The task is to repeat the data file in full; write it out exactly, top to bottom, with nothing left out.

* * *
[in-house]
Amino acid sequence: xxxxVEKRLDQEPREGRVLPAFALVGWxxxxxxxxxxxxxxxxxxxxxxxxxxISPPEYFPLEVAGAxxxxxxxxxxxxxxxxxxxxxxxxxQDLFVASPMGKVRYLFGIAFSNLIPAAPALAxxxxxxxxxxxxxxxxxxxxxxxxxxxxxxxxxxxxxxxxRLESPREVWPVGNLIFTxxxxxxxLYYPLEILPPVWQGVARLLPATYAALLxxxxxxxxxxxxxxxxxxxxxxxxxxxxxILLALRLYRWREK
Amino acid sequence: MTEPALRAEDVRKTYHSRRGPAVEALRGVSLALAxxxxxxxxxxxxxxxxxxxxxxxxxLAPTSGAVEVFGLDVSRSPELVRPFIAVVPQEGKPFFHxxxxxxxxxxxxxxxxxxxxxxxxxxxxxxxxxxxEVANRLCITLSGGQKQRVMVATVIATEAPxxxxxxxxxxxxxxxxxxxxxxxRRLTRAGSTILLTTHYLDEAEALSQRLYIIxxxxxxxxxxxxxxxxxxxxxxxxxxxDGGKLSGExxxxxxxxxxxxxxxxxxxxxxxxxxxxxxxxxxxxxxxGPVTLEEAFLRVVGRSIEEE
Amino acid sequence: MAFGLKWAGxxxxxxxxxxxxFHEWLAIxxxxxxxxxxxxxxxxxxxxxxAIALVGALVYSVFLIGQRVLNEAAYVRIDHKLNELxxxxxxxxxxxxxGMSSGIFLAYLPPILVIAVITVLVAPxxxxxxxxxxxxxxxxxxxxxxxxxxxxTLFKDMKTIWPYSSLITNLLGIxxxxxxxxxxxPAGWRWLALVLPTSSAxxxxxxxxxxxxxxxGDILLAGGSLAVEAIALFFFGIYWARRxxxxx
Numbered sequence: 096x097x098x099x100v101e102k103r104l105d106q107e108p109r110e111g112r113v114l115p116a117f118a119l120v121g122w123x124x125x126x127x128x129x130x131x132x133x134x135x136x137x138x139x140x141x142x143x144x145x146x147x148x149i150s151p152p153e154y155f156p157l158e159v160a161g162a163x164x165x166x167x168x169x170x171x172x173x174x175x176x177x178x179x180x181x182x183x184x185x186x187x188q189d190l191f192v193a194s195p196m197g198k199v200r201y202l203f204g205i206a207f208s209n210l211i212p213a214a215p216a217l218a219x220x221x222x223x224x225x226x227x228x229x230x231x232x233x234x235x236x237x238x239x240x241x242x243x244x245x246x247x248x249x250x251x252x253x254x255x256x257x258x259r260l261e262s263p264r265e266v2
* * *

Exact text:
[in-house]
Amino acid sequence: xxxxVEKRLDQEPREGRVLPAFALVGWxxxxxxxxxxxxxxxxxxxxxxxxxxISPPEYFPLEVAGAxxxxxxxxxxxxxxxxxxxxxxxxxQDLFVASPMGKVRYLFGIAFSNLIPAAPALAxxxxxxxxxxxxxxxxxxxxxxxxxxxxxxxxxxxxxxxxRLESPREVWPVGNLIFTxxxxxxxLYYPLEILPPVWQGVARLLPATYAALLxxxxxxxxxxxxxxxxxxxxxxxxxxxxxILLALRLYRWREK
Amino acid sequence: MTEPALRAEDVRKTYHSRRGPAVEALRGVSLALAxxxxxxxxxxxxxxxxxxxxxxxxxLAPTSGAVEVFGLDVSRSPELVRPFIAVVPQEGKPFFHxxxxxxxxxxxxxxxxxxxxxxxxxxxxxxxxxxxEVANRLCITLSGGQKQRVMVATVIATEAPxxxxxxxxxxxxxxxxxxxxxxxRRLTRAGSTILLTTHYLDEAEALSQRLYIIxxxxxxxxxxxxxxxxxxxxxxxxxxxDGGKLSGExxxxxxxxxxxxxxxxxxxxxxxxxxxxxxxxxxxxxxxGPVTLEEAFLRVVGRSIEEE
Amino acid sequence: MAFGLKWAGxxxxxxxxxxxxFHEWLAIxxxxxxxxxxxxxxxxxxxxxxAIALVGALVYSVFLIGQRVLNEAAYVRIDHKLNELxxxxxxxxxxxxxGMSSGIFLAYLPPILVIAVITVLVAPxxxxxxxxxxxxxxxxxxxxxxxxxxxxTLFKDMKTIWPYSSLITNLLGIxxxxxxxxxxxPAGWRWLALVLPTSSAxxxxxxxxxxxxxxxGDILLAGGSLAVEAIALFFFGIYWARRxxxxx
Numbered sequence: 096x097x098x099x100v101e102k103r104l105d106q107e108p109r110e111g112r113v114l115p116a117f118a119l120v121g122w123x124x125x126x127x128x129x130x131x132x133x134x135x136x137x138x139x140x141x142x143x144x145x146x147x148x149i150s151p152p153e154y155f156p157l158e159v160a161g162a163x164x165x166x167x168x169x170x171x172x173x174x175x176x177x178x179x180x181x182x183x184x185x186x187x188q189d190l191f192v193a194s195p196m197g198k199v200r201y202l203f204g205i206a207f208s209n210l211i212p213a214a215p216a217l218a219x220x221x222x223x224x225x226x227x228x229x230x231x232x233x234x235x236x237x238x239x240x241x242x243x244x245x246x247x248x249x250x251x252x253x254x255x256x257x258x259r260l261e262s263p264r265e266v2